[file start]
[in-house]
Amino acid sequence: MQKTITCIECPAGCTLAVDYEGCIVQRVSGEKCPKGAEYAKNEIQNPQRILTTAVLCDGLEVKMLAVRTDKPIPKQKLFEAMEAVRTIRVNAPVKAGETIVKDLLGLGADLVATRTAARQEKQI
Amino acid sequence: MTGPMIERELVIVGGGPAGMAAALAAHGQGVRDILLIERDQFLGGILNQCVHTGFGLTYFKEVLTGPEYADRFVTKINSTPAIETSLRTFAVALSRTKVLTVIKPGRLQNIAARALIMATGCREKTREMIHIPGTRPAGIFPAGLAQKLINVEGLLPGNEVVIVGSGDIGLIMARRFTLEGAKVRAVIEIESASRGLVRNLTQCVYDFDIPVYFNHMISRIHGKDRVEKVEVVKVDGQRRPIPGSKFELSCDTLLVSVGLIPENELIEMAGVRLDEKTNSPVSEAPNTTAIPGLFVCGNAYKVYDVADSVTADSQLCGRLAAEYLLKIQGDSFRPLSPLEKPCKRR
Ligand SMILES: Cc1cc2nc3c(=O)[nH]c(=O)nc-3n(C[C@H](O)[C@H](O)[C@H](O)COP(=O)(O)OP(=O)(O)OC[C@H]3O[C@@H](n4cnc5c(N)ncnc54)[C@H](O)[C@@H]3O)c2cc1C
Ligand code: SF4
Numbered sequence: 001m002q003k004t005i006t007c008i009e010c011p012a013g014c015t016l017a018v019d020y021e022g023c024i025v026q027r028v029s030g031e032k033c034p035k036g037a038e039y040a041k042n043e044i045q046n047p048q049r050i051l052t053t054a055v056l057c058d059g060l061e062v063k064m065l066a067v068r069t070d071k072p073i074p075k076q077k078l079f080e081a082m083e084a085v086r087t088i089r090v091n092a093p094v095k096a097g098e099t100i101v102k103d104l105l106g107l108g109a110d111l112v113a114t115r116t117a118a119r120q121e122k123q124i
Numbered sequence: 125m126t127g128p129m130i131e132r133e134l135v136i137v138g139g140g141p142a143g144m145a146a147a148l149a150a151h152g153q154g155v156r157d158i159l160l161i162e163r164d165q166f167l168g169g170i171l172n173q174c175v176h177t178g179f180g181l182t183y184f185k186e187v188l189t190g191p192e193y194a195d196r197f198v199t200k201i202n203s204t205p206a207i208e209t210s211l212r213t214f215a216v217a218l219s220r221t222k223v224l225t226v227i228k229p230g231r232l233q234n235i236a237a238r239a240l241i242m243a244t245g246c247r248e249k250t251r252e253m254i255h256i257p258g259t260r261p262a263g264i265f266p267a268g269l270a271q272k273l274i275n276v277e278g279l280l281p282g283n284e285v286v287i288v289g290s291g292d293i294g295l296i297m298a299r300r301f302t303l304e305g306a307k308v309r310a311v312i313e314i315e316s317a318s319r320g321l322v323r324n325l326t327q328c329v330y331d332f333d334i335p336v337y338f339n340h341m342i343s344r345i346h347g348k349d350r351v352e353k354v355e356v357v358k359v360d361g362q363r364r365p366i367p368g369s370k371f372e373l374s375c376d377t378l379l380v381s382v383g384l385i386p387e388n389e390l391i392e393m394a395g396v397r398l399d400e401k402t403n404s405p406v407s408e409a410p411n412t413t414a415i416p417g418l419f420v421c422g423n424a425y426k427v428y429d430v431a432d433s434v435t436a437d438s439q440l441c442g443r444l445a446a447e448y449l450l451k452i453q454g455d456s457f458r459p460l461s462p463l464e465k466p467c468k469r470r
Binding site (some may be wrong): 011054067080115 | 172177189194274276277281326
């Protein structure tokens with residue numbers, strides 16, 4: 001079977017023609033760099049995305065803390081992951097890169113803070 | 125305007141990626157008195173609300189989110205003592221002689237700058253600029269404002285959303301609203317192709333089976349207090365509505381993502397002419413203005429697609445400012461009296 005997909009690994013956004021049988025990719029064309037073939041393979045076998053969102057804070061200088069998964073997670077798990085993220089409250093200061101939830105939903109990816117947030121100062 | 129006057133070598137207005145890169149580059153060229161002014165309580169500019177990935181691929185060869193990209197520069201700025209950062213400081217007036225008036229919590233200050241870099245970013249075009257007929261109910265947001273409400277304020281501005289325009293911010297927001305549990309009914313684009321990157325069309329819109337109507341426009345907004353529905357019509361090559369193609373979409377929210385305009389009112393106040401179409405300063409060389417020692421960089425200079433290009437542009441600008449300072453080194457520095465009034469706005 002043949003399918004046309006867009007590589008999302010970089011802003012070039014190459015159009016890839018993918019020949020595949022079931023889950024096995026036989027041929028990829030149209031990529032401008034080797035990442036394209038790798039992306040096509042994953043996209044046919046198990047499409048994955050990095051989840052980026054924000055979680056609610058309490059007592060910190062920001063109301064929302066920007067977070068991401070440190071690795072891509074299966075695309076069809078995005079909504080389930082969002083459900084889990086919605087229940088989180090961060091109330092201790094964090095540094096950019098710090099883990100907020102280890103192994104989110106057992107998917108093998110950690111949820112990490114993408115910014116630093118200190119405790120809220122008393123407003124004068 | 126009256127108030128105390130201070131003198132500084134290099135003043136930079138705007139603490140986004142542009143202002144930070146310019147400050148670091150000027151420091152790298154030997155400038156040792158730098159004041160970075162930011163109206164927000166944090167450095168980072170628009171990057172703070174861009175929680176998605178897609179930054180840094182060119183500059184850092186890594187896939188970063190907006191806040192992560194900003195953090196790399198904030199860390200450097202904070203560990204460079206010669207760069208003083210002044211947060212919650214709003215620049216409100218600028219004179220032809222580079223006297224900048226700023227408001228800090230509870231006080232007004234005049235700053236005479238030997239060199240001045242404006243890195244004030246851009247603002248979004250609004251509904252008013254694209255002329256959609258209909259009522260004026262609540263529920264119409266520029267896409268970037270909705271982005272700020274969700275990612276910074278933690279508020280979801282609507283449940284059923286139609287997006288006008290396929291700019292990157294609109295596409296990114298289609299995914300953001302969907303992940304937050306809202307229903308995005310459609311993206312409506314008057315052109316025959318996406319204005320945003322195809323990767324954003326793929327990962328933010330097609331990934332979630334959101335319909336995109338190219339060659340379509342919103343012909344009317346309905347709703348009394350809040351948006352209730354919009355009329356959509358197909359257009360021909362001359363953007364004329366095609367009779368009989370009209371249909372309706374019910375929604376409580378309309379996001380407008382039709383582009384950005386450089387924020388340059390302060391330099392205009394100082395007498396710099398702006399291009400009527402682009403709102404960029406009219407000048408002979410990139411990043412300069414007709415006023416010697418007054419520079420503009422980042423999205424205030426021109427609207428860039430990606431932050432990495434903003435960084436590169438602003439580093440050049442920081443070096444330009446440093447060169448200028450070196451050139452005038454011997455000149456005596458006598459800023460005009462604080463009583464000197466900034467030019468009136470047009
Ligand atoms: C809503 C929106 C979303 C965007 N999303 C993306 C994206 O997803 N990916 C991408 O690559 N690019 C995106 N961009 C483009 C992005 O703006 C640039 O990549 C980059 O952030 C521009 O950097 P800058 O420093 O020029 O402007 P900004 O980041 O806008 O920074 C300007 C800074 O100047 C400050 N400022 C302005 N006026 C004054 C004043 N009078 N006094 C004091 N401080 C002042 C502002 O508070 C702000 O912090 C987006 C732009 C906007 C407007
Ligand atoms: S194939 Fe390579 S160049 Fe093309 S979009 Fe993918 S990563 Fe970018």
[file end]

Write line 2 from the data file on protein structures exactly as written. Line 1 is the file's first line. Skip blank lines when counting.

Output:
Amino acid sequence: MQKTITCIECPAGCTLAVDYEGCIVQRVSGEKCPKGAEYAKNEIQNPQRILTTAVLCDGLEVKMLAVRTDKPIPKQKLFEAMEAVRTIRVNAPVKAGETIVKDLLGLGADLVATRTAARQEKQI